Tuesday, December 27, 2005

Tuck's Rite of Passage

In our culture, we don’t really have any kind of traditional, ceremonial way for boys to mark their passage into manhood. Our young men have to use things like getting their license, or their first job, or their first whiskers to use as a benchmark that they’ve arrived. And yet, in so many ways, our culture turns right back around and tells them they’re still not ready to do many “adult things”,…they can’t drive by themselves, they can’t vote, they can’t get jobs,…Those are confusing signals.

So we came up with our own way celebrate, in a tangible way, the fact that each of our boys had reached that milestone. The result is our family's "Rite of Passage" during which we challenge the boys (at age 15) to BE the kind of men they want to be rather than just hoping people will think that’s who they are; to decide beforehand how they're going to approach life and its adventures; to live a Life of Faith, a Life of Holiness, a Life of Service and a Life of Excellence.

We ask the boys to identify some men from our church whom they respect, who have exhibited qualities they admire. Each of these men writes them a letter about what they think it means to be a man, and pledges to pray for them through the remainder of their high school years.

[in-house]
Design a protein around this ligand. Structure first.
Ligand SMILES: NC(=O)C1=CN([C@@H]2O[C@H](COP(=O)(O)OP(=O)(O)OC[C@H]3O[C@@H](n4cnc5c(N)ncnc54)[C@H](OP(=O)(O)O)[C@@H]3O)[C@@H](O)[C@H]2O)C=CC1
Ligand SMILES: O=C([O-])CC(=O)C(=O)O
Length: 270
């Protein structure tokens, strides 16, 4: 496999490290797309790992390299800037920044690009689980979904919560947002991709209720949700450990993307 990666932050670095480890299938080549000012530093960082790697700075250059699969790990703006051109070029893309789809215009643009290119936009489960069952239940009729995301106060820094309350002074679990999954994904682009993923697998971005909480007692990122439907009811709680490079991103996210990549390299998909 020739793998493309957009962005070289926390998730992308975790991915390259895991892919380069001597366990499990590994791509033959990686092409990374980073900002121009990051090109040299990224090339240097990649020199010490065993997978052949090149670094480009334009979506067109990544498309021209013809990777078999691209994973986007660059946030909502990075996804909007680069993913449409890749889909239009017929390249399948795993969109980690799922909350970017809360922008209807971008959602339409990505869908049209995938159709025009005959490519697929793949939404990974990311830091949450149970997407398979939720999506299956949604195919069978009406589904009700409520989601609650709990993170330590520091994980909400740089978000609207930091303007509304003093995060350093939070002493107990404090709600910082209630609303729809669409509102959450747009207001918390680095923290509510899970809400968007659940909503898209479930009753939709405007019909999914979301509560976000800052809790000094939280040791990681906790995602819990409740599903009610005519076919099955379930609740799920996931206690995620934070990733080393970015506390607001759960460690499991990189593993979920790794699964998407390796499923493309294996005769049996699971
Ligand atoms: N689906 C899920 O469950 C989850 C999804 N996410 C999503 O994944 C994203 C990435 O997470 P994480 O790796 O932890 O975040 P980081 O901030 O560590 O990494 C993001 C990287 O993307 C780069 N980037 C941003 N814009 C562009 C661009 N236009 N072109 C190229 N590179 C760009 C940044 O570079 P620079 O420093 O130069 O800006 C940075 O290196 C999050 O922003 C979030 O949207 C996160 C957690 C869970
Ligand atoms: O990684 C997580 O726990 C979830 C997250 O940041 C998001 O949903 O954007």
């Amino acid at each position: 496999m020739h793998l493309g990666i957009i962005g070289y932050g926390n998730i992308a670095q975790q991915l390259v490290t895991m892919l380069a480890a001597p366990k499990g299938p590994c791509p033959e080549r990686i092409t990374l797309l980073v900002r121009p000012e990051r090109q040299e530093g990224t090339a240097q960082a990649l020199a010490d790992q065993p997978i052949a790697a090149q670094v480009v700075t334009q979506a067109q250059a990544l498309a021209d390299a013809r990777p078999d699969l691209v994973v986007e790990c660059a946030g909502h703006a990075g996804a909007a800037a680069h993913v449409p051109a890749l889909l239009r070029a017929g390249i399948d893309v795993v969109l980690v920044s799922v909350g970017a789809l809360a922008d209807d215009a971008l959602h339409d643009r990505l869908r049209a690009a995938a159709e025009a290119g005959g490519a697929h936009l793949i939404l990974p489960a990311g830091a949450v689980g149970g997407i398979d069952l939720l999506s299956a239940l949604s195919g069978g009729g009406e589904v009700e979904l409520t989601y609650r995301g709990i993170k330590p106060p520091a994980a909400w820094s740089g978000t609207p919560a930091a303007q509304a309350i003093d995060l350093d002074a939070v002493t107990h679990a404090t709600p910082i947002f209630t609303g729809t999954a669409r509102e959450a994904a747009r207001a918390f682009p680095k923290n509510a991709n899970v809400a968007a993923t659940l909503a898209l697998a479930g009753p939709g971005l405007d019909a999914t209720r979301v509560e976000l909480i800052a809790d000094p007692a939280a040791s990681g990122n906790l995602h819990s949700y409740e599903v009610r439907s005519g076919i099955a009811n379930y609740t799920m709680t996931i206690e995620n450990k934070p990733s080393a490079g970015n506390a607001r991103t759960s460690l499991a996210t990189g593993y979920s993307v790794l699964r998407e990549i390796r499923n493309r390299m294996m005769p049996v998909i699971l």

We identify a key scripture passage for each area (Faith, Service, Holiness, and Excellence), which they must commit to memory as a “lamp unto their feet, and a light unto their path”.

Finally, each area is represented by a member of our family: the boys' two grandfathers, Karen and Dave, and from each they receive a token of some kind to remember their pledge.

The final act of the ceremony, Dave performs a "knighting" ceremony, using the following words:

"In remembrance of the pledges you have made."
"In remembrance of your lineage and obligations."
"In remembrance of the God whom you serve."
"Son of David, son of Patrick, son of Hubert, son of Clyde and Andrew and Moses, rise and join the company of men."

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